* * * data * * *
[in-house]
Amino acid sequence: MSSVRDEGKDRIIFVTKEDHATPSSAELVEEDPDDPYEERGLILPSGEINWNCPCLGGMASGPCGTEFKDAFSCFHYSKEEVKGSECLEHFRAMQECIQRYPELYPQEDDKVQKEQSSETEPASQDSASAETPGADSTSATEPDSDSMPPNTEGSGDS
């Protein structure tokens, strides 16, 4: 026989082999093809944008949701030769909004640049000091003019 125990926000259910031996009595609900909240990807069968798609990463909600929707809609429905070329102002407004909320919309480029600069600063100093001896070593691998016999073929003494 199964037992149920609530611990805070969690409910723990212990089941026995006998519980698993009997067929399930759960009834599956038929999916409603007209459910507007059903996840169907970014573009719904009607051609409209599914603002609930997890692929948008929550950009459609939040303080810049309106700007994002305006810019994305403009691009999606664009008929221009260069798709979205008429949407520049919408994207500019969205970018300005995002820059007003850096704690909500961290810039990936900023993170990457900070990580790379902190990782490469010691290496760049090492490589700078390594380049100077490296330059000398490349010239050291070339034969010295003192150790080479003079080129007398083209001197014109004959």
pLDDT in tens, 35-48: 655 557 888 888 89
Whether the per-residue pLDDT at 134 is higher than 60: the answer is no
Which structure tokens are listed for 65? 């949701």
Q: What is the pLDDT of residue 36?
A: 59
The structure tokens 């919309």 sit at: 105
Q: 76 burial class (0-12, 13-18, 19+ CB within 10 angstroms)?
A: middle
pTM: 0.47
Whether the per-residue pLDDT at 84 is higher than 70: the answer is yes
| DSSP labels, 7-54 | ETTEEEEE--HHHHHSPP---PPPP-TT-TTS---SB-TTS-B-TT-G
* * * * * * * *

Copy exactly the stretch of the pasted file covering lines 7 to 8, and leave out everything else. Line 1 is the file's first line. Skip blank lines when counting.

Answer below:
Q: What is the pLDDT of residue 36?
A: 59